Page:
Tags: Barack Obama | Mitt Romney | 2012 President Race | romney | obama | pac | bain

Pro-Obama Super PAC Sputters

By David Alliot   |  

The Barack Obama-supporting super PAC Priorities USA Action has fallen woefully behind in funds compared to the group supporting Mitt Romney’s campaign. The report comes just days after Priorities released a withering attack ad on Romney’s business record.

Priorities USA Action raised $1.6 million in April — $3 million shy of what the pro-Romney Restore Our Future super PAC raised during the same period, according to a report on Politico.

Overall, Priorities has raised 10.6 million since its inception in 2011, while Restore has raised over $50 million, Huffington Post reports. American Crossroads, another pro-Romney super PAC, with advisers Karl Rove, Ed Gillespie, and former RNC chair Mike Duncan, has raised $28 million.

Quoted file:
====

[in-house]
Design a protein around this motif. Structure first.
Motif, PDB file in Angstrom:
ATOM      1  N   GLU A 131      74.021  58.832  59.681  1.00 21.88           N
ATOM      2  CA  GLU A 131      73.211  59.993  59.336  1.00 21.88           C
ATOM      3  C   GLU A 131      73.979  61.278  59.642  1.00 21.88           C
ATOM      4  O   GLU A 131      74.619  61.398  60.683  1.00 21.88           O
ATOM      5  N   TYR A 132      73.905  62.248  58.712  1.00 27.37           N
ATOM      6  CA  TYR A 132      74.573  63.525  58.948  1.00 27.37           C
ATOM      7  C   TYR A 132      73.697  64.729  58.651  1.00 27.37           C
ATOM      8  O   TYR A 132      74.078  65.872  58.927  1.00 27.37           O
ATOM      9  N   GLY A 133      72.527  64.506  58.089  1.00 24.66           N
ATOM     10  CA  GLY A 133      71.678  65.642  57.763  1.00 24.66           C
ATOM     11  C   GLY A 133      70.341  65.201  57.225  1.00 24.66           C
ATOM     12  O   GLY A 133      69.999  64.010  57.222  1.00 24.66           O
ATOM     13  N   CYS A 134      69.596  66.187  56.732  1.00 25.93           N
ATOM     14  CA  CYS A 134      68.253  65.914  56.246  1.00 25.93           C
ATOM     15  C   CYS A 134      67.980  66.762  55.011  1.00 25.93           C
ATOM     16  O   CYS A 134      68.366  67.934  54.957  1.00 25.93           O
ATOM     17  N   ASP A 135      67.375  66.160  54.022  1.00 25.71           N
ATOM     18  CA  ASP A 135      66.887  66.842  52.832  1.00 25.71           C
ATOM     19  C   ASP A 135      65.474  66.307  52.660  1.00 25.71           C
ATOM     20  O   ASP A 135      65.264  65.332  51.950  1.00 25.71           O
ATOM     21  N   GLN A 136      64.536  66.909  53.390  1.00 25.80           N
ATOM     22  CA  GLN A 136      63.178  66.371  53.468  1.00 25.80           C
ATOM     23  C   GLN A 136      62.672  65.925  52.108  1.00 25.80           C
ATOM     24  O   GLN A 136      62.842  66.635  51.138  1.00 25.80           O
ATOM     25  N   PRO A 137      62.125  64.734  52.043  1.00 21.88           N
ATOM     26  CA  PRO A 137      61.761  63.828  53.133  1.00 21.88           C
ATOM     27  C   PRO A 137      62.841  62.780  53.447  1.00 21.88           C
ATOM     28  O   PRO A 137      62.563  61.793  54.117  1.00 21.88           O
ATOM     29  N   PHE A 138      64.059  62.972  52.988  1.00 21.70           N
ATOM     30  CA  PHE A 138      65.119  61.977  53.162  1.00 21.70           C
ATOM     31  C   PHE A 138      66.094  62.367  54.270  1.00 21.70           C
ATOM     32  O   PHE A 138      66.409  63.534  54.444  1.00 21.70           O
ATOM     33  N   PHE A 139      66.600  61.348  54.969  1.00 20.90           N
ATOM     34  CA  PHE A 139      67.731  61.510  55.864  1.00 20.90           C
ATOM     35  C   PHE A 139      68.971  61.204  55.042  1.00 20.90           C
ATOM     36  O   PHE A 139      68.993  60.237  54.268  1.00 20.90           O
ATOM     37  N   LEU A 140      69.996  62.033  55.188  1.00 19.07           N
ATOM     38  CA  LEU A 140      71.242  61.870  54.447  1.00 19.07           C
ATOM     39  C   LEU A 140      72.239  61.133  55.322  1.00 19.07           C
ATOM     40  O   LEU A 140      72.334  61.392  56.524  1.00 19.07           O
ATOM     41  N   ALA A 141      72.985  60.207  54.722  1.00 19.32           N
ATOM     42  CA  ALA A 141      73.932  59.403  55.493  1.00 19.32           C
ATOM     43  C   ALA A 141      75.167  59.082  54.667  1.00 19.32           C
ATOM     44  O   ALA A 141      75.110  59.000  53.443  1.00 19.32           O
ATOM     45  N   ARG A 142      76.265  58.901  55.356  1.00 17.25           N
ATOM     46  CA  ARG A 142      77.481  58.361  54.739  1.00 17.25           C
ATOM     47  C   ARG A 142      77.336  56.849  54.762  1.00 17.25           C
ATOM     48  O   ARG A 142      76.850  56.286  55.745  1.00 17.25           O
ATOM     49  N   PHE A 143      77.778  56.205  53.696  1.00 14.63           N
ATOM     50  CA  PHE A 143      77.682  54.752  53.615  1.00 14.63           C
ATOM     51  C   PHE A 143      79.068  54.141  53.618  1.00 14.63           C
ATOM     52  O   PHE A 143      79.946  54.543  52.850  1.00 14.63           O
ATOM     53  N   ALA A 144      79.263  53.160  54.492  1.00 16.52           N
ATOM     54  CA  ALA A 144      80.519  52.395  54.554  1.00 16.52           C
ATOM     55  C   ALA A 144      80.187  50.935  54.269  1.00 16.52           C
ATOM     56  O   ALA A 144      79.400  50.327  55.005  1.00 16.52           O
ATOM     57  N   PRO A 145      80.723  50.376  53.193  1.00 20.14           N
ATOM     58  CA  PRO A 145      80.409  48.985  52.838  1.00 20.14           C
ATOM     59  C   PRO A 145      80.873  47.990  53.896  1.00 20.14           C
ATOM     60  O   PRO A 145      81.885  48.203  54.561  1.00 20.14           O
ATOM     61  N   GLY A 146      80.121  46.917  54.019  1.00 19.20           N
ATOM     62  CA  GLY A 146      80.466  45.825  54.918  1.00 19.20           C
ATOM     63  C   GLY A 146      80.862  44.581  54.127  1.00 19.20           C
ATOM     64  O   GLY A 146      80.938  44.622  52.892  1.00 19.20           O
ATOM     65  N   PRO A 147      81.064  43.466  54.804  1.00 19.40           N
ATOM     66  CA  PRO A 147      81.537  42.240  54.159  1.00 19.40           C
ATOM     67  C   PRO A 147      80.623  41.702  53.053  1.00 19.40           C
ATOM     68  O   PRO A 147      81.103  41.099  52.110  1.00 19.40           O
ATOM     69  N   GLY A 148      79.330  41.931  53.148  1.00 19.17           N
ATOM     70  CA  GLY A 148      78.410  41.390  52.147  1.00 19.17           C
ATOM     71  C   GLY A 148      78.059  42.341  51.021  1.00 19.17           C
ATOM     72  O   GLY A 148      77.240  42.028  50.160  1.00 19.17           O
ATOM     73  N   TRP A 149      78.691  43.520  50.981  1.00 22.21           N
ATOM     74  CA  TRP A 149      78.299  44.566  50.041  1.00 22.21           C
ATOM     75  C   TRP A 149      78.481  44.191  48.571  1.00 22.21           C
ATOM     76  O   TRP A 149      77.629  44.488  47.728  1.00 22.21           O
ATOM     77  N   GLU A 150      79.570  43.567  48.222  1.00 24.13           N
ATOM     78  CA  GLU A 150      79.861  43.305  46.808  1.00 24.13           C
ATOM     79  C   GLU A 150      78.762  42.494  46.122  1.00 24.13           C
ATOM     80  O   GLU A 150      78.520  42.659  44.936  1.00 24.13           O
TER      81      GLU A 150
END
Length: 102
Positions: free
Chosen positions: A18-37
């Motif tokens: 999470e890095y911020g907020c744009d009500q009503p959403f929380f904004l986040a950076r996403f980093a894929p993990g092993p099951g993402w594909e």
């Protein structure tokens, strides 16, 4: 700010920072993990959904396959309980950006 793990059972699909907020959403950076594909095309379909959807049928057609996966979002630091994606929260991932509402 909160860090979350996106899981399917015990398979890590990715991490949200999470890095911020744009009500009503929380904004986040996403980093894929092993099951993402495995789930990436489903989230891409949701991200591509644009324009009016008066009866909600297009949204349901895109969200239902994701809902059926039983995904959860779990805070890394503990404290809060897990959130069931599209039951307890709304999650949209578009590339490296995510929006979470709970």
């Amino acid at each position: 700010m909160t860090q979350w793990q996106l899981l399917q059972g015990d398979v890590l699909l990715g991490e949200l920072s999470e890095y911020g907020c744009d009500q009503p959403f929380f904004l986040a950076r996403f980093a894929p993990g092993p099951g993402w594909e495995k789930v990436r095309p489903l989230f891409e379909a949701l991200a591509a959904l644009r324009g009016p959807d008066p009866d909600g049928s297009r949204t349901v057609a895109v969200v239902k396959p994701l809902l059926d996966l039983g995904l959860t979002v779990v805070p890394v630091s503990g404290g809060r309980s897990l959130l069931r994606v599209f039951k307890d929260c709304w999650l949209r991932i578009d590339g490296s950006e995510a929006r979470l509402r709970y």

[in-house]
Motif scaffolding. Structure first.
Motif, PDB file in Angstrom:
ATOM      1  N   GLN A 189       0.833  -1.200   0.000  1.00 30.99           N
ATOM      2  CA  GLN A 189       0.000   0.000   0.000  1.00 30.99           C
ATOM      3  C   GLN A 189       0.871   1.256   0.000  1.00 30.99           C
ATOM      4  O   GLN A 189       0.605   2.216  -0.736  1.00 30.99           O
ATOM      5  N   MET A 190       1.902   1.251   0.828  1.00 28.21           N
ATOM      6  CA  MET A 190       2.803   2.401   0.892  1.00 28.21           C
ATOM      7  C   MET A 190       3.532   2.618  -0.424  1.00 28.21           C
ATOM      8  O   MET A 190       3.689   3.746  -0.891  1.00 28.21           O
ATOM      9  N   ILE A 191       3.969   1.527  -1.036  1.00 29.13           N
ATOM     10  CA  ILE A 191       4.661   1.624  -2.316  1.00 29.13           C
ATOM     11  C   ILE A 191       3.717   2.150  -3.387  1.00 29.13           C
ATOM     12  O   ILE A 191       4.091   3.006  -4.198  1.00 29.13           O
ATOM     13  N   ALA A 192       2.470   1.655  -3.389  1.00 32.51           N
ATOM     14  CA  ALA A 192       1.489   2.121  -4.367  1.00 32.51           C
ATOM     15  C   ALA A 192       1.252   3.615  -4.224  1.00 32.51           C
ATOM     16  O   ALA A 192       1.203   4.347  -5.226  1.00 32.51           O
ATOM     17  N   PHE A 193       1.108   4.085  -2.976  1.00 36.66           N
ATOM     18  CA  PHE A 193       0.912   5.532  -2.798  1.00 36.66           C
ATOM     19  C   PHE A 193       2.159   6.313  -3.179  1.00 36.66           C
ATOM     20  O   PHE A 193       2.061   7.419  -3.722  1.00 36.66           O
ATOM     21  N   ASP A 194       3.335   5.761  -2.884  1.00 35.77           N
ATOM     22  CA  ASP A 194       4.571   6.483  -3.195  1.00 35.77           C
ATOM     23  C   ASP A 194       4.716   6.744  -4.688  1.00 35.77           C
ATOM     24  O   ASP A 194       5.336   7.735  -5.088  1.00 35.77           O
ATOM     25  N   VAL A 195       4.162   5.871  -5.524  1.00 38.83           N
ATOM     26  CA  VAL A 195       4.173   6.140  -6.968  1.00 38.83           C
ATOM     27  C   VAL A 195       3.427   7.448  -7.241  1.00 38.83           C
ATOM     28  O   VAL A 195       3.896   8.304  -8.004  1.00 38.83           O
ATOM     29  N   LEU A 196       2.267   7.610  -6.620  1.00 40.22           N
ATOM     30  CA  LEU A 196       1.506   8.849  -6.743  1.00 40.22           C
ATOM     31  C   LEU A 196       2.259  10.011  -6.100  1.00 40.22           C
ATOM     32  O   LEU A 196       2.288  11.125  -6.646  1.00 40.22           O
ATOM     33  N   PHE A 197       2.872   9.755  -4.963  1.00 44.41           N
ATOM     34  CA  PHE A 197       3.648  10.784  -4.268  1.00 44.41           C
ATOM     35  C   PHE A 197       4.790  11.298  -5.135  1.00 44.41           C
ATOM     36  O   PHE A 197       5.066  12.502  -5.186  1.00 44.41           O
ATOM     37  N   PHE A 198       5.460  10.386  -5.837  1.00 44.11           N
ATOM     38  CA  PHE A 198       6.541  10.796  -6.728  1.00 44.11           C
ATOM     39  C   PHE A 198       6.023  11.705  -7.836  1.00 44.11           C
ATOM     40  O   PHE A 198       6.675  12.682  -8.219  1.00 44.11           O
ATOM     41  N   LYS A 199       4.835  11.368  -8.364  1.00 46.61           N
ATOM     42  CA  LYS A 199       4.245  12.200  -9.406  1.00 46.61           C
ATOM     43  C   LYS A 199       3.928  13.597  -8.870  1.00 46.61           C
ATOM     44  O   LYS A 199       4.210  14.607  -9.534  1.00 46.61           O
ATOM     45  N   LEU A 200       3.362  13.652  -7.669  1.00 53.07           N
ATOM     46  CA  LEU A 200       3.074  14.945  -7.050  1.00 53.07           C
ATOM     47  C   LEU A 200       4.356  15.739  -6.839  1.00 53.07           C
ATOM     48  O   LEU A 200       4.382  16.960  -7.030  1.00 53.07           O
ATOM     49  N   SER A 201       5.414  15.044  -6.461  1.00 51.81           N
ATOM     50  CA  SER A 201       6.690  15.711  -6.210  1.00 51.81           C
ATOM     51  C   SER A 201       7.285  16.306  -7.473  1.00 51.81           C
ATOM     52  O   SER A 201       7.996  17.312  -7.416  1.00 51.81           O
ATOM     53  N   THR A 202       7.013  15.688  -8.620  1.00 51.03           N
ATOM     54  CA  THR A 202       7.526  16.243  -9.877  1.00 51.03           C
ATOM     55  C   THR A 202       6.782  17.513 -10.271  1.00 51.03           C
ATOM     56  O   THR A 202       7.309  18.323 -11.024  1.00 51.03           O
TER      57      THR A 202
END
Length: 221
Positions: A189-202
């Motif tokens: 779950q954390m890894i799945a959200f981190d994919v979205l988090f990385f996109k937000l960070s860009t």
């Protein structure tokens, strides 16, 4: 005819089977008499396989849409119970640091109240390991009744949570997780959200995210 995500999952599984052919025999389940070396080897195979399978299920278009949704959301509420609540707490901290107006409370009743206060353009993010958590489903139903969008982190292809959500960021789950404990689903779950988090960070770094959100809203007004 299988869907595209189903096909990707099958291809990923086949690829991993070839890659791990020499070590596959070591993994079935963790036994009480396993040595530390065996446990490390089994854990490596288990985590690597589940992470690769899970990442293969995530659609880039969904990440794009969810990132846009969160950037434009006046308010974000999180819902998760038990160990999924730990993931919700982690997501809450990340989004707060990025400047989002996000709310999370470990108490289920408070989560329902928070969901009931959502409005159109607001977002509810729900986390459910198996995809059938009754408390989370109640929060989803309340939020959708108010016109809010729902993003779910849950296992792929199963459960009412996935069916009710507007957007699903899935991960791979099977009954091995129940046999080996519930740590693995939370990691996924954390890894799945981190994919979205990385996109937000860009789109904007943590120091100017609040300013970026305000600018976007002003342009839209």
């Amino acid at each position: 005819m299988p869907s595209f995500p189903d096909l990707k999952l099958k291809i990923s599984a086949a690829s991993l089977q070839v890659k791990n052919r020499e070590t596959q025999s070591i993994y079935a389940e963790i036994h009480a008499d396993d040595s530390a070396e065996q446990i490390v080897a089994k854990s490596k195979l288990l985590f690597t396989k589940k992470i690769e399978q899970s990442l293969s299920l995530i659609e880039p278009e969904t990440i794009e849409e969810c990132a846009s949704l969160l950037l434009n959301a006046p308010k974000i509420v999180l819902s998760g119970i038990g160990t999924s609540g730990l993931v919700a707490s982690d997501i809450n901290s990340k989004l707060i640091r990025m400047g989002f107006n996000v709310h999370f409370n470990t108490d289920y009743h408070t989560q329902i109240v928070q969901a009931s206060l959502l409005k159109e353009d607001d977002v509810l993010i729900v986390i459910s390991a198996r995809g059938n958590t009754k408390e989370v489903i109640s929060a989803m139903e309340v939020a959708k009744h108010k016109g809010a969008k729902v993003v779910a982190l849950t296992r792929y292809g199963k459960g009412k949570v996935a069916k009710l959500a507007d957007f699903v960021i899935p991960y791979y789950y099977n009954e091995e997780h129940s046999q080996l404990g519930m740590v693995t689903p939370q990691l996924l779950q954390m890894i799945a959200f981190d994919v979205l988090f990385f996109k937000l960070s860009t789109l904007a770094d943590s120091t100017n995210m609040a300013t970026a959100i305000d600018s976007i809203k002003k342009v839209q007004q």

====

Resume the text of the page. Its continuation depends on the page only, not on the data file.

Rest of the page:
The Priorities ad blitz being rolled out in key swing states like Pennsylvania and Florida, focuses on GST Steel, a company that experienced layoffs and ultimately bankruptcy shortly after being bought by Bain Capital.

Romney spokeswoman Andrea Saul has stated that Romney had left Bain to run the 2002 Winter Olympics at the time of the layoffs in the company’s plant in Kansas City, according to USA Today. She added, “President Obama’s policies have failed every American who expected their president to focus on the economy and make things better.”

Wisconsin Republican Rep. Paul Ryan dismissed the ploy on “Fox News Sunday,” saying, “This is an industry that was going out of business.”

The necessity to remain at the top of the fundraising food chain has left the Obama-backed super PAC scrambling to remain effective. In February, Obama endorsed the efforts of Priorities, but has also criticized the Supreme Court’s Citizens United decision that enabled super PACS to thrive via contributions by corporations. That criticism may have left some potential donors holding back in protest.

Priorities is also trailing Restore in cash on hand, reports Politico — $4.7 million compared to Restore’s $8.2 million.

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